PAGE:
Below is a recent conversation I had with Golden State Warriors forward Draymond Green, who talked extensively about Lakers forward Julius Randle and his potential.
What’s your impressions of Julius Randle?
Green: From the first time I saw him play, I just loved the intensity that he played with, the fire, the dog, the passion and fire that he played the game with. You see a young guy like that, coming into the league at 19 years old, No. 1 you respect it. But you want to do what you can to help him be successful. At the end of the day, we are competitors. We’ll play against each other four times a year and possibly in the playoffs. But it’s not about that.
One thing I was always taught by [former Warriors assistant] Pete Myers is he used to always tell me is, ‘You get paid for the next young guy to get paid. That’s your job. You give it back to the next young guy.’ No. 2, you want to continue to help the game grow. The more the game grows, the better a position everyone is in. Obviously if there is something you can help a younger guy with, you want to do that. You see him grow, and that will grow the game to get better. Everyone benefits from it. Obviously a guy like that where you see the way he competes and the skill level that he has, I see something special. You just want to see it come to fruition.”
What was your message to him about embracing being undersized?
Green: “I know every time, maybe not anymore, but before I made my name, everyone would see me as, ‘Oh he’s too little’ and think they’ll destroy me. They think they’re going to take advantage of me because of my size. But for me, that was always a challenge.
How do you overcome that? What can I do to overcome that and prove everybody wrong? The odds were against me and everyone was doubting me. So what can I do to prove everybody wrong? What can I do to show that doesn’t matter? Size doesn’t matter. That was my motivation.”
What did you think of last year’s preseason game when Julius said you couldn’t guard him?
Green: “I didn’t see that he said I couldn’t guard him until after the fact. I saw that my Twitter was blowing up on my phone. I was wondering what this is about. When I saw it, I was like, ‘Oh okay. All right.’ I told him the next game, ‘I appreciate you getting me going for this next preseason game.’ I love to see somebody compete like that. That’s a lost thing in this game. To actually see that, it’s like, ‘All right. I know I can guard you. Now I’m going to show you.’ At the same time, I personally love to see that. That’s how I grew up playing. To see somebody the same way, it’s not all lost. It’s great to see.”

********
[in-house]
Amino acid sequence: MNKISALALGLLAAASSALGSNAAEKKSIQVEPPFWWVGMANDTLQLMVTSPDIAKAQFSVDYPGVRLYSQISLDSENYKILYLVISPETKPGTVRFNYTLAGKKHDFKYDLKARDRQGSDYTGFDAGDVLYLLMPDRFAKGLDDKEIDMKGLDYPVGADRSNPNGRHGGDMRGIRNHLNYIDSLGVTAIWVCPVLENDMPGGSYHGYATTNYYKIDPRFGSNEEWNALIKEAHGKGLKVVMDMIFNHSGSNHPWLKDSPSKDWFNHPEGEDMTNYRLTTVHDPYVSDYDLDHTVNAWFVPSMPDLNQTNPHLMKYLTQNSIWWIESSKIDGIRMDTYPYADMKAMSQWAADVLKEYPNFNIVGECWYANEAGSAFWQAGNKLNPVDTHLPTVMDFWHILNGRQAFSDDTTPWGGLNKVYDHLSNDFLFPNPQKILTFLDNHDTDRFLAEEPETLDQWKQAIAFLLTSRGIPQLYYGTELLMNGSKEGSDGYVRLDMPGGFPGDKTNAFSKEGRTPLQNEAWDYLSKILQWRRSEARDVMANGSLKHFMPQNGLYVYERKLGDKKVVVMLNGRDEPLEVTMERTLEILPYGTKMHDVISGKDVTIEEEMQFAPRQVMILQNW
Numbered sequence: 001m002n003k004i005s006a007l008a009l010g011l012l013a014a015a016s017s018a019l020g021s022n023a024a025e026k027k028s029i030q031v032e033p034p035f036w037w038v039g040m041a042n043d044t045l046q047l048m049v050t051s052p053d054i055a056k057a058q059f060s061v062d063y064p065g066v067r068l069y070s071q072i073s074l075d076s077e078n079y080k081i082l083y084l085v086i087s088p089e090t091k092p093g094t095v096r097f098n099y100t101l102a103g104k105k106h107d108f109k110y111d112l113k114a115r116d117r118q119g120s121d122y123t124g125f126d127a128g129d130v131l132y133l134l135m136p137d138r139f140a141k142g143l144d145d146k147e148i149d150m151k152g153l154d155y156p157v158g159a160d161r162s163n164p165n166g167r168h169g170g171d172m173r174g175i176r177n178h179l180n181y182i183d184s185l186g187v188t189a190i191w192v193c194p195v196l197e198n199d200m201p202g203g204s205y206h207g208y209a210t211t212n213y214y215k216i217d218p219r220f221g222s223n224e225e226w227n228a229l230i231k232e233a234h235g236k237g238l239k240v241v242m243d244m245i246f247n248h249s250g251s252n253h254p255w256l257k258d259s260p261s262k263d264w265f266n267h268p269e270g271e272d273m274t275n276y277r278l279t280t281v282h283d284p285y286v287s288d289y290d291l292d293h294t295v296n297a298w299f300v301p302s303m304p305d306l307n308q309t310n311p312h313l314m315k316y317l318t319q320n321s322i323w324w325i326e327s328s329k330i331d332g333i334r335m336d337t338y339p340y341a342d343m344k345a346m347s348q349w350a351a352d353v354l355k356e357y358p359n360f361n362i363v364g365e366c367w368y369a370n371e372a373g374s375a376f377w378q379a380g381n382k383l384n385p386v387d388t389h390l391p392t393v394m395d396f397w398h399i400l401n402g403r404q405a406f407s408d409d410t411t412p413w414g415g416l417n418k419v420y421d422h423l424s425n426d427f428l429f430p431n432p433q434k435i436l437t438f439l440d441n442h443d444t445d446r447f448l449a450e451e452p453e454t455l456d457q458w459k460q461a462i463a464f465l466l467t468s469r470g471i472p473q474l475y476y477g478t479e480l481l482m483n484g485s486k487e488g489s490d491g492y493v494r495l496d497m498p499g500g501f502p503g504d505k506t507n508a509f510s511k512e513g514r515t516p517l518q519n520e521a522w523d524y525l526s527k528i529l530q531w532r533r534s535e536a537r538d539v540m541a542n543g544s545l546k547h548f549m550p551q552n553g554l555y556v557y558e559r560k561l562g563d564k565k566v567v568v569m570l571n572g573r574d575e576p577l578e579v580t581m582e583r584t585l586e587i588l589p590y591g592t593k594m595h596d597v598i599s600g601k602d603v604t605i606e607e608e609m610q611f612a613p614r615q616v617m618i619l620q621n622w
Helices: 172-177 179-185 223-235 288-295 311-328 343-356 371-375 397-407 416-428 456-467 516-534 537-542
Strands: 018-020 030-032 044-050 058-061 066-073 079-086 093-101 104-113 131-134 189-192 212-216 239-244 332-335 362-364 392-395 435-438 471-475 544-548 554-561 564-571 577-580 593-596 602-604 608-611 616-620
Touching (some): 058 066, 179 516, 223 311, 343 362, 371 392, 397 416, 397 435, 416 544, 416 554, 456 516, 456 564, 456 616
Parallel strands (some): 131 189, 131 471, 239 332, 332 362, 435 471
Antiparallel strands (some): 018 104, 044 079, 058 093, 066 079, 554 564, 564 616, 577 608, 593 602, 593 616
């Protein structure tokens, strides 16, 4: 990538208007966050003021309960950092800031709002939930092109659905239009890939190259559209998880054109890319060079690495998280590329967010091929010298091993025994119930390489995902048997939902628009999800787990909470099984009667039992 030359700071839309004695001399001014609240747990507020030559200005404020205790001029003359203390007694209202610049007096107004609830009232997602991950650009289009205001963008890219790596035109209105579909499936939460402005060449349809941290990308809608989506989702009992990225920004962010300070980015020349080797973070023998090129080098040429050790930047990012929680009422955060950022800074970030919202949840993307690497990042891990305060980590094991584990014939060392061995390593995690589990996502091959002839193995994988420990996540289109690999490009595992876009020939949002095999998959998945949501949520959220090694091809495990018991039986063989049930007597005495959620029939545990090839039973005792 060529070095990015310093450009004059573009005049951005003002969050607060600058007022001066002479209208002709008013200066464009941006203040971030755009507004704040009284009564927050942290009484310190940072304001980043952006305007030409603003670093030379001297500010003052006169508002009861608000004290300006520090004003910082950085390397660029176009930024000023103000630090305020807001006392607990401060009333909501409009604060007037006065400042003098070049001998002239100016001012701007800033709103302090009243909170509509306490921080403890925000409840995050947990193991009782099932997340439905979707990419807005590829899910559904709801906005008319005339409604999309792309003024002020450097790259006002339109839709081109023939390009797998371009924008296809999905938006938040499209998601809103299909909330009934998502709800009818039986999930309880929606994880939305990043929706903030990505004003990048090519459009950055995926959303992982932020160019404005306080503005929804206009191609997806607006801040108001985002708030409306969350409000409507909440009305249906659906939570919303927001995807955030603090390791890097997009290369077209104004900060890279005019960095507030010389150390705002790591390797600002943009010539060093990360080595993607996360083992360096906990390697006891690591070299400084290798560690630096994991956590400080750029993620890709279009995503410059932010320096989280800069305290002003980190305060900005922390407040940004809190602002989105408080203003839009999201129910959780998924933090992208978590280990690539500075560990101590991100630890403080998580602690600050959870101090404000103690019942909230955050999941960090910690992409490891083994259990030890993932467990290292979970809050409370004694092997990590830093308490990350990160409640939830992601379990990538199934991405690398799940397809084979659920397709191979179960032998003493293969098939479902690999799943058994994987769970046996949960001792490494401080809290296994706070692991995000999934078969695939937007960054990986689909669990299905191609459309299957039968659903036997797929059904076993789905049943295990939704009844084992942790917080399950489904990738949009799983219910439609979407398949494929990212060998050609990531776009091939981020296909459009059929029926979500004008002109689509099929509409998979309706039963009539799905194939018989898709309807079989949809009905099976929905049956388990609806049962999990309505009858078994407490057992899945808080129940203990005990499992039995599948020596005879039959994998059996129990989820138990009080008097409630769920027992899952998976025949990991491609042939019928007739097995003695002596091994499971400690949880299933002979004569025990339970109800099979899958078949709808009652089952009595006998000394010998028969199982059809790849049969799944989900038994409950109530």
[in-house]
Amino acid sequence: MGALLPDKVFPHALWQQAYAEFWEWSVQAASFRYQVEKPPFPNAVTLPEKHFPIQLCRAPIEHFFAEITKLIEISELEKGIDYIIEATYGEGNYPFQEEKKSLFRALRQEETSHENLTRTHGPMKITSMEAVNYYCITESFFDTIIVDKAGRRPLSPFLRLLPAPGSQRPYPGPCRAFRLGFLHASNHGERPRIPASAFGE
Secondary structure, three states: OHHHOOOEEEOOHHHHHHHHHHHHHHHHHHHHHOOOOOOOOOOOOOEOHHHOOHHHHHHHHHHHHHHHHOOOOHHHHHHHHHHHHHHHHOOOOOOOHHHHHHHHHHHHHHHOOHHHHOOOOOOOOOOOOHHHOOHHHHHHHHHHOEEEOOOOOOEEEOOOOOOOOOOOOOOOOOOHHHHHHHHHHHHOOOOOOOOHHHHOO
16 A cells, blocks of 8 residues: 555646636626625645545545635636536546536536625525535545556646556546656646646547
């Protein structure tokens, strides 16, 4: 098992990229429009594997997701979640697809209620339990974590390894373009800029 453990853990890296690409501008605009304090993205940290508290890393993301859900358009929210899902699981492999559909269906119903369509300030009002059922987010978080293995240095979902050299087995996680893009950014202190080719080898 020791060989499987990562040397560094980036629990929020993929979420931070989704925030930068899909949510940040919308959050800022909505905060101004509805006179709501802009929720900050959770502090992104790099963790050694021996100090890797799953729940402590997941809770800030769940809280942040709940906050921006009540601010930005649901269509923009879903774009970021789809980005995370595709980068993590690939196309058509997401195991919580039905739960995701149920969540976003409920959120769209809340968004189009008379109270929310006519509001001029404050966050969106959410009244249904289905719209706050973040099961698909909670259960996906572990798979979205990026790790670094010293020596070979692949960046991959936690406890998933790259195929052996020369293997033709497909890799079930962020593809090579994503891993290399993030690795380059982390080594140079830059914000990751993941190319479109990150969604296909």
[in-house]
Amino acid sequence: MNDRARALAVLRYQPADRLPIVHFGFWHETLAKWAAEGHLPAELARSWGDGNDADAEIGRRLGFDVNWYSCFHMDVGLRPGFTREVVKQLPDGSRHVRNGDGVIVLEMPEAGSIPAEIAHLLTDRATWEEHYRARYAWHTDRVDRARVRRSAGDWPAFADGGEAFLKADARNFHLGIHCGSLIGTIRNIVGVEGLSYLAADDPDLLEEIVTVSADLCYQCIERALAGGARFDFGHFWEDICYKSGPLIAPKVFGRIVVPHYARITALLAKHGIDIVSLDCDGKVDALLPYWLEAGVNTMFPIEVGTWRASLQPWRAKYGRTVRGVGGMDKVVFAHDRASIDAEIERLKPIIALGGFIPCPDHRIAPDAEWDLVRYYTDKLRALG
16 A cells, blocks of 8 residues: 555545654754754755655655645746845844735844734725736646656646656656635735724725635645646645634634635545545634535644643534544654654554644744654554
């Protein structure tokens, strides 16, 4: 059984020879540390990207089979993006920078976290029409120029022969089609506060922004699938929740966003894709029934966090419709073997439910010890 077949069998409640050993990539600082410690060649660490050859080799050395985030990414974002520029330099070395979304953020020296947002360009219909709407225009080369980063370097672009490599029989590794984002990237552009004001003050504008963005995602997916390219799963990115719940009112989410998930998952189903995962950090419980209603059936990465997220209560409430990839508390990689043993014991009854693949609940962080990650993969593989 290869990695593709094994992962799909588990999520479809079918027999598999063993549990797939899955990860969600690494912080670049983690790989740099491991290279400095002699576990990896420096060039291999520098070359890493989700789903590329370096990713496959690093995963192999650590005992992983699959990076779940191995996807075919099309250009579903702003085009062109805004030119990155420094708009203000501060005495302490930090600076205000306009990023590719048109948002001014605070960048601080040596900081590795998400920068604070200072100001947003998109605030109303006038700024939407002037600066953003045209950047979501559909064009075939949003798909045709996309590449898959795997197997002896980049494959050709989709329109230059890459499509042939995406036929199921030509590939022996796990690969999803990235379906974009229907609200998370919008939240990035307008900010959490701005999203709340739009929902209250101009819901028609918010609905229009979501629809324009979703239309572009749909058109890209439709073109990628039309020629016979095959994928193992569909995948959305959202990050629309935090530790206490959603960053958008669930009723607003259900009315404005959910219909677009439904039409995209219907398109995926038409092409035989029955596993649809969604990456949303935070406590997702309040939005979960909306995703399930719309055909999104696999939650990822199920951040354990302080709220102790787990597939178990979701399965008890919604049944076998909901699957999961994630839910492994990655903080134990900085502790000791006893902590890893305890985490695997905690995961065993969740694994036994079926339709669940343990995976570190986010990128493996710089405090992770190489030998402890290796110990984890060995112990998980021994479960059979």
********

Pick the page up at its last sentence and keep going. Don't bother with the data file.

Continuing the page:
Did you go back at him?
Green: “I definitely wanted to. It’s like, ‘Okay, you think I can’t guard you.’ I went and watched and told [Warriors special assistant to Coach Steve Kerr] Nick U’Ren, ‘Julius has that move where he comes full speed at you.’ I told Nick he killed me with that move a couple times. I didn’t know how to stop it. So I told Nick, ‘I need you to go through every time he does that move going back to Kentucky and last few games he played and preseason. I need you to pull the move [on video]. He pulled up the move and it was probably 50 clips of that move. I watched it over and over and over again. That’s the competitiveness. It’s always good to have that bring that out in you. He did that. I respect that.”
What do you think is Julius’ long-term potential?
Green: “I think he can be real special. With the skillset he has and the body, he’s long and athletic. The way he handled the ball at his size and the way he can move at his size, it’s special. He has one thing you can’t teach. That’s that dog and that heart. You can’t teach that. If he continues to work, which I know he will, Julius, the way I view Julius the first time I came into the league, he seemed like a guy who had always been bigger and stronger and more athletic than everybody. So nobody really taught him how to play the game. He was playing off of God-given talent.
It was funny. I used to always tell Luke [Walton], ‘Man if somebody teaches him how to play the game, he’s going to be special.’ You see the passes he makes and how he sees the floor. It’s God-given. I’ve watched him over the course of the last 2 ½ years, you continue to see his game grow and grow. He’s starting to figure out the NBA game. He’s continued to work on his game and figure stuff out. If he continues to do that like I know he will, I think he can be special.”
What do you think of the talk on whether Julius can be the next Draymond Green?
Green: “I think it’s cool because he can do the stuff that I do. He can handle the ball. He can make plays for other people. He can defend. He’s super strong. He can rebound the basketball. So I think he can [be the next me]. I also think he has the potential to be better. With the God-given gifts he has, he has the potential to be better.”
To be better? But you’re also going to get better, too.
Green: “I’ll continue to grow. I’ll never stop working and I’ll continue to get better. But what is he? 21. That’s a lot of time to continue to grow. The thing about him you can’t teach is his heart. When you have that heart and type of dog, you’re going to work. I think he can be really really really good.”
What advice did you give Julius when you guys trained last summer with Team USA?
Green: “I feel like sometimes he was out there trying to fit in. One thing I told him is, ‘You’re not a ‘fit in’ type of guy. Be you. Get out there and play your game.’ I think if he ever had the opportunity to do something with USA again, that’s something he’ll really have to focus on. It’s about playing his game, and not Coach K’s or Coach Pop’s. They’ll figure out how your game fits in and make it work. But he got to play his game. I don’t think he really played his game. I think that’ll be big for him.”